The USD/JPY has suffered steep losses over the last few days, with many analysts pointing towards the Bank of Japan's decision to keep current monetary policy unchanged at its most meeting as a main reason for the declines. However, not all analysts are so sure about this, with some saying the global risk aversion theme and sharp declines in the equity market have also had an effect on the USD/JPY as previous 'risk on' trades begin to unwind.
Derek Halpenny, European Head of Global Markets Research at Bank of Tokyo Mitsubishi UFJ discussed some of his thoughts on the recent sharp declines in USD/JPY. "The yen advanced significantly yesterday [Wednesday] with most citing the BOJ unchanged monetary policy decision as a key factor. However, we are not sure the USD/JPY rate would be at a greatly different level from where we are now if the BOJ had changed its stance and provided additional liquidity in order to help stabilize the JGB market. So, really, the yen move was more about the global risk aversion that intensified again yesterday rather than disappointment with the BOJ's unchanged monetary stance," Halpenny added.
In further discussing his views, Halpenny went on to mention a few other reasons (other than BoJ policy) he believes the pair had risen so sharply since last fall, noting improvement in risk appetite due to improving economic data as a supporting catalyst. "The surge in USD/JPY has of course been predominantly about 'Abenomics' but it is important to remember that the gradual improvement in the U.S. economy and favourable global financial market conditions induced in Europe by OMT by the ECB also played roles in lifting USD/JPY from November last year." In concluding his views, Halpenny stated, "We are now in the most unsettled financial market conditions since last summer and with 'Abenomics' under scrutiny with doubts over the credibility of the third arrow, a sharp unwind of yen short positions has been triggered."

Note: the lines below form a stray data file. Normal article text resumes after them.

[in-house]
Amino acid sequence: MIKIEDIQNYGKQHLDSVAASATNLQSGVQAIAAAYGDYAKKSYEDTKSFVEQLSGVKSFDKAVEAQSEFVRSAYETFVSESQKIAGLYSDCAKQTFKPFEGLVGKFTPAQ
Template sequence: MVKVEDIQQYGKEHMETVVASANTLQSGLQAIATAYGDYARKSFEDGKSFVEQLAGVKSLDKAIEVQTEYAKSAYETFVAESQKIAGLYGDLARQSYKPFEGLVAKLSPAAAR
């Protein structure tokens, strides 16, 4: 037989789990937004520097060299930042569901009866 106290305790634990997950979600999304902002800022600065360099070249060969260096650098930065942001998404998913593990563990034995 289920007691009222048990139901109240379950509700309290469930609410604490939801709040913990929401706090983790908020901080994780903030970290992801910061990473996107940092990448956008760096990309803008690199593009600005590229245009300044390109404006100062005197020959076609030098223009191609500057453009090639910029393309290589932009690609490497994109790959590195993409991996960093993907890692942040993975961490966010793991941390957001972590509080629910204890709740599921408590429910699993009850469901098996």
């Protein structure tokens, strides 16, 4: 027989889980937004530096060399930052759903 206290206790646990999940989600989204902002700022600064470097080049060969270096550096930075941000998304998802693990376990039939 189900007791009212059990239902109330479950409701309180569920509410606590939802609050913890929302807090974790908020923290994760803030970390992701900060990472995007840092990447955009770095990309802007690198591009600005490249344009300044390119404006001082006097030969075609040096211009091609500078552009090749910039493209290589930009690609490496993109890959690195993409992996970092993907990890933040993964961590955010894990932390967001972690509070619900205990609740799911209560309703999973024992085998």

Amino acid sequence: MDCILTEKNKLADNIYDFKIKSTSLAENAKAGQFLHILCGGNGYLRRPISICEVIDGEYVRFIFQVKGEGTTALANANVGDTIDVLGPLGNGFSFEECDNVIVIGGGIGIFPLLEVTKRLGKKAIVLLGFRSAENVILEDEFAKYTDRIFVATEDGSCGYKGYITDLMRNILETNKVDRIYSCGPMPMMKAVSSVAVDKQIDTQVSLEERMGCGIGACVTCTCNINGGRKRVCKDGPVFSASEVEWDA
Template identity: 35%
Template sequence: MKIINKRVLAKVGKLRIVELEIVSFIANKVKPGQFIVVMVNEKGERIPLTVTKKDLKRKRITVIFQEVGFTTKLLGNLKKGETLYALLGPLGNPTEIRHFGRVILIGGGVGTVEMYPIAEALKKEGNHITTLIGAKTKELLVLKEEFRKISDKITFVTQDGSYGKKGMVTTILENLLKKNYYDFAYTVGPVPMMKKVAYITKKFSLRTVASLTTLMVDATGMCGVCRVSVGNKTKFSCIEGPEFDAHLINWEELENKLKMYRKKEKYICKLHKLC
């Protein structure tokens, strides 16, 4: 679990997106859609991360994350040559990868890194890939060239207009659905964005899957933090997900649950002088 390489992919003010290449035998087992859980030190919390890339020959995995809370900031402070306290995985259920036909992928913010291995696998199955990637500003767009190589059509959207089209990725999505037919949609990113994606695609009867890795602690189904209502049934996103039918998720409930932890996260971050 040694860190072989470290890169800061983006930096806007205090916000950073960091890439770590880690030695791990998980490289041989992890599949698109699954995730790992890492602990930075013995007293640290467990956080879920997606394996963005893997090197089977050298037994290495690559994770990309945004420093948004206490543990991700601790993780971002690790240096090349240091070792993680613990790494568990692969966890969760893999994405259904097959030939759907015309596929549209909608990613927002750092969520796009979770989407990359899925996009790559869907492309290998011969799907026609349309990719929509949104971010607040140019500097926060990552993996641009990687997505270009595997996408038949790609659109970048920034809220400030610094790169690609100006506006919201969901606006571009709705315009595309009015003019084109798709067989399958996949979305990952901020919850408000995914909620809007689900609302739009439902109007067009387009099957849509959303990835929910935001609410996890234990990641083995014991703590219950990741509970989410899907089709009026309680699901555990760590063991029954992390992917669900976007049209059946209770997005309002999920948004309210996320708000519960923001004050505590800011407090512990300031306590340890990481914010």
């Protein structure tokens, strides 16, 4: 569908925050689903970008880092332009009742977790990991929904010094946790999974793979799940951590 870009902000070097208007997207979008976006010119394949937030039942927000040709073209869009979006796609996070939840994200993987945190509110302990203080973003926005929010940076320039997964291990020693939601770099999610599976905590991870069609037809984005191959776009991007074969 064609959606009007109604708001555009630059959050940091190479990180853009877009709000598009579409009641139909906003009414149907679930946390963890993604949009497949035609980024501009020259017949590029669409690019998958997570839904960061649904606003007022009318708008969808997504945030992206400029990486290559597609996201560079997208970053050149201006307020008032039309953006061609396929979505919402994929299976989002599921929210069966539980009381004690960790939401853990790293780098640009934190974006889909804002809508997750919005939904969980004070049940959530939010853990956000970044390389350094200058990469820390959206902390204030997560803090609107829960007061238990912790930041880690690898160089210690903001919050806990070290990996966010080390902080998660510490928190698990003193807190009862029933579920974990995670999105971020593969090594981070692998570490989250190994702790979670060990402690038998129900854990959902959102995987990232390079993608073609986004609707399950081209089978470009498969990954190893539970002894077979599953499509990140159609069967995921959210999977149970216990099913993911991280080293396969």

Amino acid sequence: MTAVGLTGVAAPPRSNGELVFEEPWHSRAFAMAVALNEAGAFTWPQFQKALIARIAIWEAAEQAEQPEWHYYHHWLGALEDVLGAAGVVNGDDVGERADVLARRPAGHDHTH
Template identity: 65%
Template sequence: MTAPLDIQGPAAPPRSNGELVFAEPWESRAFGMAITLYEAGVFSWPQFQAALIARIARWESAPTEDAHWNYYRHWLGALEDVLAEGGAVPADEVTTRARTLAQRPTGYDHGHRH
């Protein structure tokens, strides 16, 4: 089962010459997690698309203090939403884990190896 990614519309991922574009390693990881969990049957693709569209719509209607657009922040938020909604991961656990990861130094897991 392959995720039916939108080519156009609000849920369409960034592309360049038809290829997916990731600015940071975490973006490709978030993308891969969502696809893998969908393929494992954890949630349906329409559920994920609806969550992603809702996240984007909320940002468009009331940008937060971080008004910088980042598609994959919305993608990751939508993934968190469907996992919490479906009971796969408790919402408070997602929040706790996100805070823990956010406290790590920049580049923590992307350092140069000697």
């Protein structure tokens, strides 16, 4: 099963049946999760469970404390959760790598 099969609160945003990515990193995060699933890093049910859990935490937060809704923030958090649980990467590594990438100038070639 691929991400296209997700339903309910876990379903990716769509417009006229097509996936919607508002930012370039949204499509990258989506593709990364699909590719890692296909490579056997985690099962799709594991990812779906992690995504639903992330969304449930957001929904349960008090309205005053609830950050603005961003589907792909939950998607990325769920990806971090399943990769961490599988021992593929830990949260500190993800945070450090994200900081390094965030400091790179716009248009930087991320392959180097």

Sean Lee of FXWW was giving his take on the recent volatility in USD/JPY, noting the bears are still in control at the moment but the longer term uptrend off the lows from November remains intact. "Bearish momentum is very strong at the moment but bulls shouldn't give up hope as they have the strong long-term trend in their favor," Lee commented.
In further discussing his view, Lee went on to add, "If you can remember back to the extreme volatility we had after the BOJ April meeting? I remember it well because I was short going in to it and managed to buy those back at JPY93.40 just after the statement was announced. Clever move indeed, but not clever enough to go long as it rallied 1000 pips from there." Lee later went on to mention he believes the JPY93.00/93.50 area will be an critical support for the bulls to hold in order to help keep the longer term uptrend intact.
Fan Yang,CMT, Chief Technical Strategist at FXtimes went on to share some of this recent technical views, with a particular focus on recent developments from shorter-term time frame charts. Yang commented, "The 1H chart shows a market that was in a small flag consolidation since late 6/11 - early 6/12 session. As the 6/12 U.S. session began, it fell below the mini-correction pattern, and the market could be extending the bearish swing that came down from around the JPY99.00 handle. " Yang later went on to comment the above price action followed the BOJ's recent decision, and in his view is beginning to look like a market making a transition from bullish to bearish.
In further discussing his view, Yang moved on to discuss a few levels market participants should keep an eye on over the next few sessions. "The June low is just below JPY95.00, and price action looks like it wants to test it. If it holds again, we might consider this to be this year's support. Otherwise, a break below JPY95.00 opens up the JPY93.00 handle, JPY92.96 (38.2% retracement), down to the JPY92.55 support pivot in the short-term (refer to the daily chart)", Yang concluded.
From a longer-term technical perspective, there is no doubt the recent sharp declines have helped deteriorate the strong technical set up which used to exist on the USD/JPY daily chart. For example, price has not traded above either the 9 or 20 DMA's since back on May 30th when the pair was still above JPY100.00. Furthermore, the 9 DMA has made a bearish cross below both the 20 DMA and 50 DMA, indicating selling pressure may continue to increase as important support levels are taken out. From a momentum perspective, the RSI (14) broke below the 40 level (on June 6th), indicating a bearish momentum shift had taken place. This was the first bearish momentum shift the RSI had completed on the daily chart since September 2012. To conclude, all of the above mentioned technical developments may continue to help fuel a sell the rally mentality as we progress throughout the month.
Disclosure: I have no positions in any stocks mentioned, and no plans to initiate any positions within the next 72 hours. I wrote this article myself, and it expresses my own opinions. I am not receiving compensation for it. I have no business relationship with any company whose stock is mentioned in this article.